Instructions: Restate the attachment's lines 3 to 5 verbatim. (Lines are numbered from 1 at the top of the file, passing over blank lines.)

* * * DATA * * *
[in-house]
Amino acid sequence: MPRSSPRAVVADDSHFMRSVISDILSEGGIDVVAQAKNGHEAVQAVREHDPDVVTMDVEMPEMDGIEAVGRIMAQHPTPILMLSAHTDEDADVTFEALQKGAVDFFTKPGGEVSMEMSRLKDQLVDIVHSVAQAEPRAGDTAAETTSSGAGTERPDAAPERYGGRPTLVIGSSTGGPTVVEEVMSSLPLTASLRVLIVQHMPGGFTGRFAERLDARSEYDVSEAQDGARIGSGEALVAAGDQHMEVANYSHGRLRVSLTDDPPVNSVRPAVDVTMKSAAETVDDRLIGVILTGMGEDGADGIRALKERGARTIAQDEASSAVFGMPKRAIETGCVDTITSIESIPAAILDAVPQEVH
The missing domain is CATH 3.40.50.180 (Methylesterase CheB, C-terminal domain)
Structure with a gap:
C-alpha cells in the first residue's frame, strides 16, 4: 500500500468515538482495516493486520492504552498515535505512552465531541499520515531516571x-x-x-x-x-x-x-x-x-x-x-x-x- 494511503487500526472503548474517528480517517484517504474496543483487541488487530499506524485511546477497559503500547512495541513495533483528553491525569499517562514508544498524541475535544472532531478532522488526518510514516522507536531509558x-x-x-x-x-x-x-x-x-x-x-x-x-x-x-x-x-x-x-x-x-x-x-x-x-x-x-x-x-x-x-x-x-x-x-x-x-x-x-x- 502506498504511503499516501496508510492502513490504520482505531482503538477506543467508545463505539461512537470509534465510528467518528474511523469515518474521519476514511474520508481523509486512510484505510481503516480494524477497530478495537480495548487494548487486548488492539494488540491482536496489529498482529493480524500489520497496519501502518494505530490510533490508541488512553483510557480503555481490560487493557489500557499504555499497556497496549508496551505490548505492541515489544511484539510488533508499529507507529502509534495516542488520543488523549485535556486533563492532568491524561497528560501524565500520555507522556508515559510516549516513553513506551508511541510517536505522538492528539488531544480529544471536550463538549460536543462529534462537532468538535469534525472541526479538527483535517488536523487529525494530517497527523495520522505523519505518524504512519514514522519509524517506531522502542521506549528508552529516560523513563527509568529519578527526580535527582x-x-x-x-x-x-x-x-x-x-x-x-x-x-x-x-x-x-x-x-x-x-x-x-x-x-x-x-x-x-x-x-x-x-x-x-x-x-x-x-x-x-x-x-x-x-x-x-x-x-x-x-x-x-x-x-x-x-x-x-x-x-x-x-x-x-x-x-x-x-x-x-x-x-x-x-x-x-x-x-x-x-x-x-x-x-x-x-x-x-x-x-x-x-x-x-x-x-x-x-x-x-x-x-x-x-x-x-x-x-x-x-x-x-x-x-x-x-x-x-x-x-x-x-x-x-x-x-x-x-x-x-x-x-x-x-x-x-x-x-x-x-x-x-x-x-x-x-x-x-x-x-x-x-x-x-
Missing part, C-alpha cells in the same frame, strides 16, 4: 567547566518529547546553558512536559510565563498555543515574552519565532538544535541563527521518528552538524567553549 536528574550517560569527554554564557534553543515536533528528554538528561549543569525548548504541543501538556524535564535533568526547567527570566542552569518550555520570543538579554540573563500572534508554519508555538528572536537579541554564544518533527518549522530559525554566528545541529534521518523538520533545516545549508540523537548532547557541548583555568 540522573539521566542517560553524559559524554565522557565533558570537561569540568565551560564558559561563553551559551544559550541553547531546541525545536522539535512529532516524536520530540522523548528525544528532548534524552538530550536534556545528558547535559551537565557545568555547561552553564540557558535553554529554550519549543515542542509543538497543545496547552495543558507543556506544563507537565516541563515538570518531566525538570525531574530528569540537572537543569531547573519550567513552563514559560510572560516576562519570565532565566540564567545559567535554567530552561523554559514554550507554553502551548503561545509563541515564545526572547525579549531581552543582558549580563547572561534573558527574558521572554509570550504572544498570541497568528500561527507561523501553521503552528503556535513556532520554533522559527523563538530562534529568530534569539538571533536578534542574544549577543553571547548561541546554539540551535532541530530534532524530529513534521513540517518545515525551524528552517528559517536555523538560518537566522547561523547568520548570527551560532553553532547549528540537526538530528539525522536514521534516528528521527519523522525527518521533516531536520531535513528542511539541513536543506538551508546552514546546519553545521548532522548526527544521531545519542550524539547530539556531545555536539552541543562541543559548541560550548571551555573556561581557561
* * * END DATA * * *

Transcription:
The missing domain is CATH 3.40.50.180 (Methylesterase CheB, C-terminal domain)
Structure with a gap:
C-alpha cells in the first residue's frame, strides 16, 4: 500500500468515538482495516493486520492504552498515535505512552465531541499520515531516571x-x-x-x-x-x-x-x-x-x-x-x-x- 494511503487500526472503548474517528480517517484517504474496543483487541488487530499506524485511546477497559503500547512495541513495533483528553491525569499517562514508544498524541475535544472532531478532522488526518510514516522507536531509558x-x-x-x-x-x-x-x-x-x-x-x-x-x-x-x-x-x-x-x-x-x-x-x-x-x-x-x-x-x-x-x-x-x-x-x-x-x-x-x- 502506498504511503499516501496508510492502513490504520482505531482503538477506543467508545463505539461512537470509534465510528467518528474511523469515518474521519476514511474520508481523509486512510484505510481503516480494524477497530478495537480495548487494548487486548488492539494488540491482536496489529498482529493480524500489520497496519501502518494505530490510533490508541488512553483510557480503555481490560487493557489500557499504555499497556497496549508496551505490548505492541515489544511484539510488533508499529507507529502509534495516542488520543488523549485535556486533563492532568491524561497528560501524565500520555507522556508515559510516549516513553513506551508511541510517536505522538492528539488531544480529544471536550463538549460536543462529534462537532468538535469534525472541526479538527483535517488536523487529525494530517497527523495520522505523519505518524504512519514514522519509524517506531522502542521506549528508552529516560523513563527509568529519578527526580535527582x-x-x-x-x-x-x-x-x-x-x-x-x-x-x-x-x-x-x-x-x-x-x-x-x-x-x-x-x-x-x-x-x-x-x-x-x-x-x-x-x-x-x-x-x-x-x-x-x-x-x-x-x-x-x-x-x-x-x-x-x-x-x-x-x-x-x-x-x-x-x-x-x-x-x-x-x-x-x-x-x-x-x-x-x-x-x-x-x-x-x-x-x-x-x-x-x-x-x-x-x-x-x-x-x-x-x-x-x-x-x-x-x-x-x-x-x-x-x-x-x-x-x-x-x-x-x-x-x-x-x-x-x-x-x-x-x-x-x-x-x-x-x-x-x-x-x-x-x-x-x-x-x-x-x-x-